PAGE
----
“Home is the place where, when you go there,” Robert Frost wrote, “they have to let you in.”
And so it is for the hapless Blake family, strivers and dreamers like all of us, who are celebrating Thanksgiving not in the family home in Scranton, Pa. but in the New York Chinatown apartment of younger daughter Brigid (Daisy Eagan), which she shares with her lover Richard (Luis Vega). This apartment is a compelling mixture of elegance and shabbiness, where a beautiful spiral staircase leads from the barred and sealed windows of the upper level to the basement kitchen, which looks like the dining hall of a minimum-security prison. (All together now: nice set, David Zinn).
Parents Eric (Richard Thomas) and Deirdre Blake (Pamela Reed) have given their two children as much support as they could muster, with mixed results. Older daughter Aimee (Therese Phaehn) is a Philadelphia lawyer, but she has ulcerative colitis and has just broken up with her longtime lover and childhood friend, Carol. Brigid has studied hard to be a musician, but she makes do as a bartender who gets paid under the table so that she can still collect unemployment insurance.
Thus we can best see the Blakes as Death of a Salesman’s Loman family, restated in the age of limits. Willie Loman convinces himself, against all evidence, that he is a success and that his sons are going to be great men. Eric, a maintenance supervisor in a Catholic school, and Deidre, an office manager, believe that they are holding steady, and that their children will have happy lives. They will have cause to question their assumptions.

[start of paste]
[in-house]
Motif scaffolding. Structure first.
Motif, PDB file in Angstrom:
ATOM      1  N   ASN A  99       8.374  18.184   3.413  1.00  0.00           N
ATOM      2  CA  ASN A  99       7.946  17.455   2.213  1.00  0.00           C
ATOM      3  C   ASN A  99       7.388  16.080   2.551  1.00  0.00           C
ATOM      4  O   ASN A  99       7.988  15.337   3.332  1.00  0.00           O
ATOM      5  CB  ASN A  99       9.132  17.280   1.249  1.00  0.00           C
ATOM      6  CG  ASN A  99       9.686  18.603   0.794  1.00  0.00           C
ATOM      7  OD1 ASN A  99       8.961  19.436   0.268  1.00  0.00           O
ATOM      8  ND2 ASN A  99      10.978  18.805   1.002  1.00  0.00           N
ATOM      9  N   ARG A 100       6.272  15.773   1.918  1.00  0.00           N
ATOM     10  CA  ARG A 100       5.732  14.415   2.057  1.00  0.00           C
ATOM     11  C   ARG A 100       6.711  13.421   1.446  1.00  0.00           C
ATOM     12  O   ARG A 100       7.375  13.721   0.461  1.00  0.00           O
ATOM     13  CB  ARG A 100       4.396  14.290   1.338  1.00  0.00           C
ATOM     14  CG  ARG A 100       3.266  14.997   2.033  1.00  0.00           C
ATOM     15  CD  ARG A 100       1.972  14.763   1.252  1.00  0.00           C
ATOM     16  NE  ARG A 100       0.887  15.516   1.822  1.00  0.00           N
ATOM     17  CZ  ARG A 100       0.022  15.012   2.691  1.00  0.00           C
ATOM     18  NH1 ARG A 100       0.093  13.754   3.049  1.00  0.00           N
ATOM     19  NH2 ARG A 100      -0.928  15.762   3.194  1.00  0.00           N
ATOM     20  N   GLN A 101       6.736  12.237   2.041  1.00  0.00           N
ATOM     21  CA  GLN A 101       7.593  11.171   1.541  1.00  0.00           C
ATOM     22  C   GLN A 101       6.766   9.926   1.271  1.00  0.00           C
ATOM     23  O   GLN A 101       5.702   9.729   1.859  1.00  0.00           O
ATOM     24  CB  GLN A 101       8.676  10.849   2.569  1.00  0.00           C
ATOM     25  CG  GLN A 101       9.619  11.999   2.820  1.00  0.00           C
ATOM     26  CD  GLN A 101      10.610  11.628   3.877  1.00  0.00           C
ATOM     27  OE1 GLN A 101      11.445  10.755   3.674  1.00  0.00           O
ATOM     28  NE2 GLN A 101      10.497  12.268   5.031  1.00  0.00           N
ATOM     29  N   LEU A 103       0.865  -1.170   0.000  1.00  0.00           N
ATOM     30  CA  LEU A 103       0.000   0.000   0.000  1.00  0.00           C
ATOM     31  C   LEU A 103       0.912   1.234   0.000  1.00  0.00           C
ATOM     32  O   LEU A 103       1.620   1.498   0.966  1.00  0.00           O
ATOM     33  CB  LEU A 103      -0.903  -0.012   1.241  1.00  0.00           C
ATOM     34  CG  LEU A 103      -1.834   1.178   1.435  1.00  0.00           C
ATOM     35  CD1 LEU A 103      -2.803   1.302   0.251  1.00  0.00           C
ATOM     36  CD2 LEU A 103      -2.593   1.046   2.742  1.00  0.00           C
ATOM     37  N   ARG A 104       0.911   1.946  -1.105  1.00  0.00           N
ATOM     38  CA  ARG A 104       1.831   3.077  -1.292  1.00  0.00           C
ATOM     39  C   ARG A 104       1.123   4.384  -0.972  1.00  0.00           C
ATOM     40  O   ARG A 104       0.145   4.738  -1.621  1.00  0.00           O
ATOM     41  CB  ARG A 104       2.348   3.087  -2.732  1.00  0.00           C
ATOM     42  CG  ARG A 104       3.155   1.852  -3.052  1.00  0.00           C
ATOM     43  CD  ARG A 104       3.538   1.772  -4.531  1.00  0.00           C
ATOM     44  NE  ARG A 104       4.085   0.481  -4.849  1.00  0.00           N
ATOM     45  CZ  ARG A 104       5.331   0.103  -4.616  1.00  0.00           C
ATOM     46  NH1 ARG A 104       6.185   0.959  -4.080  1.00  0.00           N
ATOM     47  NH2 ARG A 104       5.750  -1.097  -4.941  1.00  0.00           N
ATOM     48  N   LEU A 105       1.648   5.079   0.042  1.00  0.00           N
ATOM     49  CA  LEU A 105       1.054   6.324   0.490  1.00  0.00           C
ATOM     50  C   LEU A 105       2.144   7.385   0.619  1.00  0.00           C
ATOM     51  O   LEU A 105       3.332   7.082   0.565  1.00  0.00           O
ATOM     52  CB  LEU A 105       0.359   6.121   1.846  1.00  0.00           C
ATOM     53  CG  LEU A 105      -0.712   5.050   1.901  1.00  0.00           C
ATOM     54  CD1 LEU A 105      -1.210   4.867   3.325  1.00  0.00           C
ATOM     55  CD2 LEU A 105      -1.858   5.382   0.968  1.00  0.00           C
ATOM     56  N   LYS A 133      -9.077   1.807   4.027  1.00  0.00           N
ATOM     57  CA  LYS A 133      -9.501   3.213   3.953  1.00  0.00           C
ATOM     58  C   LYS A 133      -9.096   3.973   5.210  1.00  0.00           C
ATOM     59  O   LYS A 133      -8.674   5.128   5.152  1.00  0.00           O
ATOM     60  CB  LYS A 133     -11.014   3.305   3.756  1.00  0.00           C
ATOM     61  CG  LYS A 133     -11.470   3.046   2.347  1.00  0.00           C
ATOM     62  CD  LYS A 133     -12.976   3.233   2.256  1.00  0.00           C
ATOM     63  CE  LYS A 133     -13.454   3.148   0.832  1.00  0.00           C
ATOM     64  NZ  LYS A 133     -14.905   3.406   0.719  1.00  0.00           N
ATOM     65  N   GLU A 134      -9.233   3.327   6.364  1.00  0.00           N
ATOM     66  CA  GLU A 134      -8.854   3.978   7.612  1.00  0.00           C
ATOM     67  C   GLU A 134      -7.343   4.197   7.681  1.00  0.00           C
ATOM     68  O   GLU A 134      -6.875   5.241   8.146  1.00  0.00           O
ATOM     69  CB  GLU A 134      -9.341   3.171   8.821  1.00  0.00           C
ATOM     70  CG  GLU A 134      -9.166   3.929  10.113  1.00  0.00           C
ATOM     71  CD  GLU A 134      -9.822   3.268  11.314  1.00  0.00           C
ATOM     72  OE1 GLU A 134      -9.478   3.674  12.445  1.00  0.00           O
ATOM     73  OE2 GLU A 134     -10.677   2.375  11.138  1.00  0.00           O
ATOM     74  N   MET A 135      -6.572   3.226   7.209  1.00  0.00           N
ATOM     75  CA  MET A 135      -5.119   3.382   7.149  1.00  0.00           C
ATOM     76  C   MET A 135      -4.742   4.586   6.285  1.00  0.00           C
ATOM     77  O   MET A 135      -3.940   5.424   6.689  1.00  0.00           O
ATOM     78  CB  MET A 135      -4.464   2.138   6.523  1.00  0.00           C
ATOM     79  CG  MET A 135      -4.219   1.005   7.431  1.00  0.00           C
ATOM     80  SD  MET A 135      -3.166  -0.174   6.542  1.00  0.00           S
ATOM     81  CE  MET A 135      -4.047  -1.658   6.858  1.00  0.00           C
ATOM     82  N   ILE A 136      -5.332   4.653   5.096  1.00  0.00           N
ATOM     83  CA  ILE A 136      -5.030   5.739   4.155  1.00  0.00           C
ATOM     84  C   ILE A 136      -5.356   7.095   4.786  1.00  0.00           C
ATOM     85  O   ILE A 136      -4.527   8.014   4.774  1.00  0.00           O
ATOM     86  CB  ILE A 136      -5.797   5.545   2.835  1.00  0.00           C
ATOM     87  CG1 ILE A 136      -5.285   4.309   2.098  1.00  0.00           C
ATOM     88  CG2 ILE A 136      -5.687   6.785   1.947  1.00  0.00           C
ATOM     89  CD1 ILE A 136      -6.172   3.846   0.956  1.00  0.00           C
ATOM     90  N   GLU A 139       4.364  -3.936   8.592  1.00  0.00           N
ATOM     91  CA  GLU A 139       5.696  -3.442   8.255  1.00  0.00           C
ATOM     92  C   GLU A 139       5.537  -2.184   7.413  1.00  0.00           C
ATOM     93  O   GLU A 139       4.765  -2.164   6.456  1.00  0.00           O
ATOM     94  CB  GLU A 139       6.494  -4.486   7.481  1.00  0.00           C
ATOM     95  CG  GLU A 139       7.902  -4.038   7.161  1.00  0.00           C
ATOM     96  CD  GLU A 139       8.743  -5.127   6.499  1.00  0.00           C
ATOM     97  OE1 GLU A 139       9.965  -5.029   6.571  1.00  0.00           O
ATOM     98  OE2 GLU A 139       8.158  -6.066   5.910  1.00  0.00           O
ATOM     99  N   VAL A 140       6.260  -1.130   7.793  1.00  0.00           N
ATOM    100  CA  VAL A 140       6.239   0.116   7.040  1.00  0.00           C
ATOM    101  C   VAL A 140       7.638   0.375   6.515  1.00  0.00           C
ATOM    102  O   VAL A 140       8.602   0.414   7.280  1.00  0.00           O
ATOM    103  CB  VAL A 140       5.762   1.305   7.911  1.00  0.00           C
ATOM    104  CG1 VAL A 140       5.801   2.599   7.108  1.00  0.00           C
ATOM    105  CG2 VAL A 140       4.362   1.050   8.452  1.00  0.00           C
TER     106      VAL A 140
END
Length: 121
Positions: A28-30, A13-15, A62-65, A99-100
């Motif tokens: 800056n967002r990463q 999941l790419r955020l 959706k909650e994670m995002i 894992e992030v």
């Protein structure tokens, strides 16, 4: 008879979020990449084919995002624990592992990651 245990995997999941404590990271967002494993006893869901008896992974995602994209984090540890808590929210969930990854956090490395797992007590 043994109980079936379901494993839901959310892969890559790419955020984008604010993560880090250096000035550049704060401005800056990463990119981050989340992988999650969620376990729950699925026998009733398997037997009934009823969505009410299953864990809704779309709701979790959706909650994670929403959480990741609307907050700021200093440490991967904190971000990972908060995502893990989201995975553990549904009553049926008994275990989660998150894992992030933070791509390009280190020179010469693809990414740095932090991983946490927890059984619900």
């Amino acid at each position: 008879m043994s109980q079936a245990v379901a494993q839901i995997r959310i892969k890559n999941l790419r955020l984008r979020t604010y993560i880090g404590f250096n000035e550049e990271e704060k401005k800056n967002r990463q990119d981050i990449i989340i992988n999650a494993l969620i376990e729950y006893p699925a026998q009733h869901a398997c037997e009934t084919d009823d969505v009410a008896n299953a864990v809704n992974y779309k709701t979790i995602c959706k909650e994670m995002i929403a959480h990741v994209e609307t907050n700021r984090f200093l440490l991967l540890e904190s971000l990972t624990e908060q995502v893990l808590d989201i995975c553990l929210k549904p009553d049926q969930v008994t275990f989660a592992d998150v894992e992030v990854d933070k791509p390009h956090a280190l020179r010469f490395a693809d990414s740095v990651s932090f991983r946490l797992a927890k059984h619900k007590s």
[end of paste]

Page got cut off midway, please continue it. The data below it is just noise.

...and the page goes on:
The Blakes have an additional complication the Lomans didn’t: Eric’s mother “Momo” (Lauren Klein), deep in dementia. “Momo” is incoherent and subject to fits of inexplicable rage and depression, but it is evident that she, or the memory of what she once was, is part of the glue that holds this family together. Klein, incidentally, does an impeccable job of showing a human in the grip of this horrible disease; although she has only one sentence that I understood (repeated twice) in the whole play, she manages to give us the character in full.
The senior Blakes are Irish Catholics, fortified in their faith and their marriage, for reasons not clear until the play’s end. The running gag is that Deirdre seizes every opportunity to cajole her daughters to return to the Church (she brings two gifts: a statue of the Blessed Virgin and a candy-stuffed pig, to be smashed in a family tradition of sugar and sentiment) and to embrace the bonds of matrimony. The Humans is not a story of inter-generational rift and Eric and Deirdre are not Archie and Edith: they accept Brigid’s live-in lover — Deirdre practically dotes on him — and their great regret about Aimee’s relationship with Carol is that the two women never married. (Although Deirdre is not above casually mentioning local lesbians who committed suicide.)